Her advice for others willing to take the plunge? “Be kind to yourself. Launching a business is a marathon nota sprint, so self-love and compassion is important for looking after your sanity long-term.”



Started Maji, a pensions platform to help people plan for the future

From working as a management consultant, to being a school’s head of department then CEO of a social enterprise, Megan Worthing-Davies’s CV stands her in good stead to be the operations exec of a growing start-up, Maji, a financial wellness platform that aims to close the pension savings gap. 

She is experienced in identifying how to propel a company forward, a crucial skill for a COO. While her Maji co-founder Sahil Sethi may handle the visionary side of things, Worthing-Davies likes to turn the visions into reality. The role is also very mission-led, something she has always looked for in her career. “The connecting theme is I don’t want to just do a day job, I want to do something where I can really see the results of my labour,” she explains.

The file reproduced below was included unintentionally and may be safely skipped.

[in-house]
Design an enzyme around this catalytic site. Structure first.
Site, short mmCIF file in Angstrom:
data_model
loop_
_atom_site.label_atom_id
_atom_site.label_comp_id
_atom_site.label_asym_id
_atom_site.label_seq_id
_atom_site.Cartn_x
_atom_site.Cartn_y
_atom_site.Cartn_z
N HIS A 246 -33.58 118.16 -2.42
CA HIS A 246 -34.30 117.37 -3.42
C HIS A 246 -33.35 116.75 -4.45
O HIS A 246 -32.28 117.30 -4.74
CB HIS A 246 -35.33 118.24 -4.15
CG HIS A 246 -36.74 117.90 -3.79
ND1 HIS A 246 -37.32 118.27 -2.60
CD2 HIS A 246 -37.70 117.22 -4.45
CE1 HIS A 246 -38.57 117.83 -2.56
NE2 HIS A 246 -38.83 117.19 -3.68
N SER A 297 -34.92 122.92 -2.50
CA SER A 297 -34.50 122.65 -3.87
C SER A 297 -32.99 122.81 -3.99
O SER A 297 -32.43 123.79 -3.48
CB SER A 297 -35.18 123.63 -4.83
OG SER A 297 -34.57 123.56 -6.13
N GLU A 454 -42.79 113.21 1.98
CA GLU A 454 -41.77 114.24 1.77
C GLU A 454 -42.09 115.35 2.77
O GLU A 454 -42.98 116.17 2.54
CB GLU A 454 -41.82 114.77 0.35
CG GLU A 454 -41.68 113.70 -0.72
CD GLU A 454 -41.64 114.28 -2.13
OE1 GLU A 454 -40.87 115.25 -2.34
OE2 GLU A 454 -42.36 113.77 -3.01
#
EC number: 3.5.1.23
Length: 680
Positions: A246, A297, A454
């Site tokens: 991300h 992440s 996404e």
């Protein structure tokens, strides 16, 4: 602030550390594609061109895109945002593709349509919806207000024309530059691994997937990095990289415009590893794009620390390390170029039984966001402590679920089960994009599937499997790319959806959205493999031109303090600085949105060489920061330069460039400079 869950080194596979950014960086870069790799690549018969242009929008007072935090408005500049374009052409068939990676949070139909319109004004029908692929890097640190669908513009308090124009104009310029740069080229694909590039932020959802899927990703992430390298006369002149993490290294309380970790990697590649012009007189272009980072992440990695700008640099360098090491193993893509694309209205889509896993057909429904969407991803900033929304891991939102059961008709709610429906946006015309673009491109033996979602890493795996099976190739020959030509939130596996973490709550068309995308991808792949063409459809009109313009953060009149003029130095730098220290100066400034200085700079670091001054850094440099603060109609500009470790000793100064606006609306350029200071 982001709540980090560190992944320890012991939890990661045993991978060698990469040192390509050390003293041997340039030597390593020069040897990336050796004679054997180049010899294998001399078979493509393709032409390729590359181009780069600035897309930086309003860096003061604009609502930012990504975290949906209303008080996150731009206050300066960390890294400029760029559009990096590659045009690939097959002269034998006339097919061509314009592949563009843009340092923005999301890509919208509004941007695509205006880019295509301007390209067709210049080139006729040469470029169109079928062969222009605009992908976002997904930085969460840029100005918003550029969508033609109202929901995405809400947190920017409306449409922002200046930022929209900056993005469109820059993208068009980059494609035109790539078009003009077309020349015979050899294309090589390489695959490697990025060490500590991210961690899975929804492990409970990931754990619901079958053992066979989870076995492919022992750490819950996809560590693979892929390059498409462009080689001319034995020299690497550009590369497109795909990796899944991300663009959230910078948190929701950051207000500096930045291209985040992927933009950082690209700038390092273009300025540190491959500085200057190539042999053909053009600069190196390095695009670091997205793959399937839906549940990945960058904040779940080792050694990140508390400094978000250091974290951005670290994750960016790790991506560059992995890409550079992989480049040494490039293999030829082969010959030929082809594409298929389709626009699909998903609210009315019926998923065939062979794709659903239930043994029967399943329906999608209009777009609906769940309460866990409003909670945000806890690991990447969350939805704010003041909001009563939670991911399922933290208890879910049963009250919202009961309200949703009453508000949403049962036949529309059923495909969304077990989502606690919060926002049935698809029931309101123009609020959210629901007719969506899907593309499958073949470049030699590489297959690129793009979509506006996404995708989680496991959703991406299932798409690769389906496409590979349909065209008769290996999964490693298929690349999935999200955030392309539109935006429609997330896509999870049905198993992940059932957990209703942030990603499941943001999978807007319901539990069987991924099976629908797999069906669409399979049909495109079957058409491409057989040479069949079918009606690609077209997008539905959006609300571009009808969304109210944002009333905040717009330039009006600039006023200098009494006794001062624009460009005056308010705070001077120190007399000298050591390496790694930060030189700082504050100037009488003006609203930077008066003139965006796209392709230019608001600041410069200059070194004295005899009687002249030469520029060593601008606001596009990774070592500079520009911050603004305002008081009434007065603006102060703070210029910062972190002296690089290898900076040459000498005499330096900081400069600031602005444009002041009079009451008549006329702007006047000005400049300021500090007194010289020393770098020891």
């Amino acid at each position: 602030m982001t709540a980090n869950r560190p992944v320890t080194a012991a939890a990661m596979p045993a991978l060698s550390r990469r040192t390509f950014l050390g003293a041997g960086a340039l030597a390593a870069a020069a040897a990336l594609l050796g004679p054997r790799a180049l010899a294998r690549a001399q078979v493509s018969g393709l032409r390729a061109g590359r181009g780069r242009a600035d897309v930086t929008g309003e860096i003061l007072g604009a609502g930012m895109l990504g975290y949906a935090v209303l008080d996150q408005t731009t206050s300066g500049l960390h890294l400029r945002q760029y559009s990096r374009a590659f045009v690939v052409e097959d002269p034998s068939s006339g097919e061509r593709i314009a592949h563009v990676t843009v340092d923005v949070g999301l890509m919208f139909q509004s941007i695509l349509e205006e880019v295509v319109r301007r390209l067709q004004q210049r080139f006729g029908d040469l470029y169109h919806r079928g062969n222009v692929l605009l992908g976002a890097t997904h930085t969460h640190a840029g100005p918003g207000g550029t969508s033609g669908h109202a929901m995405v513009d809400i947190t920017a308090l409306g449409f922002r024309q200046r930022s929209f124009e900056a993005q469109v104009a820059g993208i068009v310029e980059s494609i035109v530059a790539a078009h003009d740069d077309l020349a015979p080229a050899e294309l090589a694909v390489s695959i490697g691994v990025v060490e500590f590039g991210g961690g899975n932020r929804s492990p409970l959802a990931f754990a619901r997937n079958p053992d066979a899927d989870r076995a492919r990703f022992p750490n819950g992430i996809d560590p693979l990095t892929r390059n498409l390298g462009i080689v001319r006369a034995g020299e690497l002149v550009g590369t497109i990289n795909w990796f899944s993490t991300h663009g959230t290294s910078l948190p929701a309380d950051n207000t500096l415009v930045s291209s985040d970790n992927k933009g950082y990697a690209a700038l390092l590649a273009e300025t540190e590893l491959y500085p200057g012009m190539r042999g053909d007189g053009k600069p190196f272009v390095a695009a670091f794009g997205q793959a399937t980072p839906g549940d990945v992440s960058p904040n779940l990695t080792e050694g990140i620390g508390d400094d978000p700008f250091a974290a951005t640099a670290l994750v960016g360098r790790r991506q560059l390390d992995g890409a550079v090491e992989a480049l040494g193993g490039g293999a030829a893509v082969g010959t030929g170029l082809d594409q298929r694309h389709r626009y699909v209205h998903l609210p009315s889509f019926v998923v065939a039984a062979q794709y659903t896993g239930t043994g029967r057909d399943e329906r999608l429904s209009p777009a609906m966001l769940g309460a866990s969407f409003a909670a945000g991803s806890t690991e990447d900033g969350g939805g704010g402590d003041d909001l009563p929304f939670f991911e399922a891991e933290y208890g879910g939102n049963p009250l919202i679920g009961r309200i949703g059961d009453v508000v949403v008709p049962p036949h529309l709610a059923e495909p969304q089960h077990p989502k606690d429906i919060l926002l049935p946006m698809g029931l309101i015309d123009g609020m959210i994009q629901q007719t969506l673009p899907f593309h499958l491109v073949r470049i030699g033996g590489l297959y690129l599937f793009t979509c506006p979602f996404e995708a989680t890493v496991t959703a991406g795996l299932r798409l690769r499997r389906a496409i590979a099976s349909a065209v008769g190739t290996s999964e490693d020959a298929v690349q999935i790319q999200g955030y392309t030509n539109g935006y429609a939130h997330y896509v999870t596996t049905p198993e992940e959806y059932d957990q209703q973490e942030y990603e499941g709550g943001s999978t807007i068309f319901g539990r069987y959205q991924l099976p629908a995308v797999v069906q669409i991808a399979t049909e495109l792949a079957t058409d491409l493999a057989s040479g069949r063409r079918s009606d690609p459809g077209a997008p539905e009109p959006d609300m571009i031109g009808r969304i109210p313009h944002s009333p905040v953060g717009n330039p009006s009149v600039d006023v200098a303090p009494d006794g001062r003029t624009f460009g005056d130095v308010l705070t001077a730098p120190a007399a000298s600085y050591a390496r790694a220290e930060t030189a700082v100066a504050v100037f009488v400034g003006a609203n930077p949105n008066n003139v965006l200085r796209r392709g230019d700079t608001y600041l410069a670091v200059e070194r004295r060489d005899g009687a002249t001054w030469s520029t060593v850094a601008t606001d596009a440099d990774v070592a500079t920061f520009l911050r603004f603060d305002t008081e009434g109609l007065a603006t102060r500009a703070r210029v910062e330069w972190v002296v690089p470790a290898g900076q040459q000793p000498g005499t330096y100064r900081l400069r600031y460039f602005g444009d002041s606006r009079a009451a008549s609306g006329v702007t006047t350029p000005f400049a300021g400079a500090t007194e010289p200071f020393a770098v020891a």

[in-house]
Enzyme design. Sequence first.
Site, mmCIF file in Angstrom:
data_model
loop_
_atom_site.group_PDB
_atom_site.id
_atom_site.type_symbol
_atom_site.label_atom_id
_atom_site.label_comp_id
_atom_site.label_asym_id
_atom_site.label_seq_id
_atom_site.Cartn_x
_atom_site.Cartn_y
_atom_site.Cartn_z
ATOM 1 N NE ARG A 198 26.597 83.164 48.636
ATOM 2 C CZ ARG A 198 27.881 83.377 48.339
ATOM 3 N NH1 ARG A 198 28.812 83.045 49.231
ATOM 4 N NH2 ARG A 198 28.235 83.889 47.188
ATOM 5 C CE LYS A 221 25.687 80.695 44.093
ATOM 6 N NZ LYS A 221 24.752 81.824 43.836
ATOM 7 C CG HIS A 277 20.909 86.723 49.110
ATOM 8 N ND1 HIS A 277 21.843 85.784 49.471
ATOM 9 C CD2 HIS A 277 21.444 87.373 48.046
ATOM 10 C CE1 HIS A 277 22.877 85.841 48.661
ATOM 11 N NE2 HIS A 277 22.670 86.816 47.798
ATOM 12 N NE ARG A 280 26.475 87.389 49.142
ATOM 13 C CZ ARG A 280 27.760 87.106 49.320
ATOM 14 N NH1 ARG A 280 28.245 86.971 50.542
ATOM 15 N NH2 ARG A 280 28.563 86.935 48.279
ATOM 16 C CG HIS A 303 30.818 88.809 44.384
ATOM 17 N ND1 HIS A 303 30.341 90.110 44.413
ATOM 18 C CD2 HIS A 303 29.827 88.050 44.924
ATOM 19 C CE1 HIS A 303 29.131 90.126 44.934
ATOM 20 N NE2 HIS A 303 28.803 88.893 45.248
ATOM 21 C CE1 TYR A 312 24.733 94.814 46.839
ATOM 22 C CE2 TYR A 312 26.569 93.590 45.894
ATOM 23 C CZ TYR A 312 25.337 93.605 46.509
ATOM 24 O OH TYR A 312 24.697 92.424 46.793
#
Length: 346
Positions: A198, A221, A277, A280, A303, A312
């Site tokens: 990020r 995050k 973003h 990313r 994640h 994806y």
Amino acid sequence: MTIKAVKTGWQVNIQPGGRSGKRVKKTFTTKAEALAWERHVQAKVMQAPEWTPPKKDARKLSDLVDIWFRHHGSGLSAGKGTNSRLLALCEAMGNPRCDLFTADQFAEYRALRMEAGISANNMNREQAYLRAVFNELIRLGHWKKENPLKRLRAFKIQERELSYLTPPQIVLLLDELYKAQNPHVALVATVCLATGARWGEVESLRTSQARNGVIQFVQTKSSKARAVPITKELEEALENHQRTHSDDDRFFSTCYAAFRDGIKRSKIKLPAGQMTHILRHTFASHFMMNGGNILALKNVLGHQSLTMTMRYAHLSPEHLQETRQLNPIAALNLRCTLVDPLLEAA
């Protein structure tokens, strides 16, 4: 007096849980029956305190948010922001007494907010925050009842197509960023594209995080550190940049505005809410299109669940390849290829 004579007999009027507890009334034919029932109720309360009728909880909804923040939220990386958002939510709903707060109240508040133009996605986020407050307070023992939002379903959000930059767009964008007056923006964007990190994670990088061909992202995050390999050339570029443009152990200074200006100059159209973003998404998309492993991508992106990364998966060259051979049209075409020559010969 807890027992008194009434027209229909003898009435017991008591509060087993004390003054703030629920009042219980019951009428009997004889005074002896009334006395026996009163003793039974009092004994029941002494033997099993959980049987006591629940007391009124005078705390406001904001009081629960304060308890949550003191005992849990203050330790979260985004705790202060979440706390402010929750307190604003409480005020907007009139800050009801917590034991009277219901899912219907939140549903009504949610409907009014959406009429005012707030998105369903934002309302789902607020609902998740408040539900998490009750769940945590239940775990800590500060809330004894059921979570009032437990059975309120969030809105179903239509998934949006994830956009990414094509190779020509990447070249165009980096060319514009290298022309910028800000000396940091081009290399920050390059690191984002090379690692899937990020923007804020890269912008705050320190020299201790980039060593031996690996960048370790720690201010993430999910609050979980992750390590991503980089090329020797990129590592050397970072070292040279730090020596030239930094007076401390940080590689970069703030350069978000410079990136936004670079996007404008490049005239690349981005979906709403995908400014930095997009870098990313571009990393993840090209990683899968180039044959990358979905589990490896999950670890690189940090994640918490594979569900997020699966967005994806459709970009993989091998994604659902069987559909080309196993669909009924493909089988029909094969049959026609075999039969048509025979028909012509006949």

Despite her wealth of experience, one of the big lessons Worthing-Davies has learned throughout the start-up process is how to trust herself. In the gap between leaving her previous role and leading Maji, she took a course in agile project management, as she felt the skills would be useful in her new role. 

“I found that I knew more than pretty much everybody there about agile project management but because I hadn’t been around that terminology, I didn’t know how to articulate my skills,” she says. 

Her advice for future start-up founders is to listen to themselves and value their background. “All of these different experiences you have on the journey to doing a start-up might seem like they haven’t always been the right turn. But actually, at every step, you’re learning something about yourself and the environment and upskilling yourself.”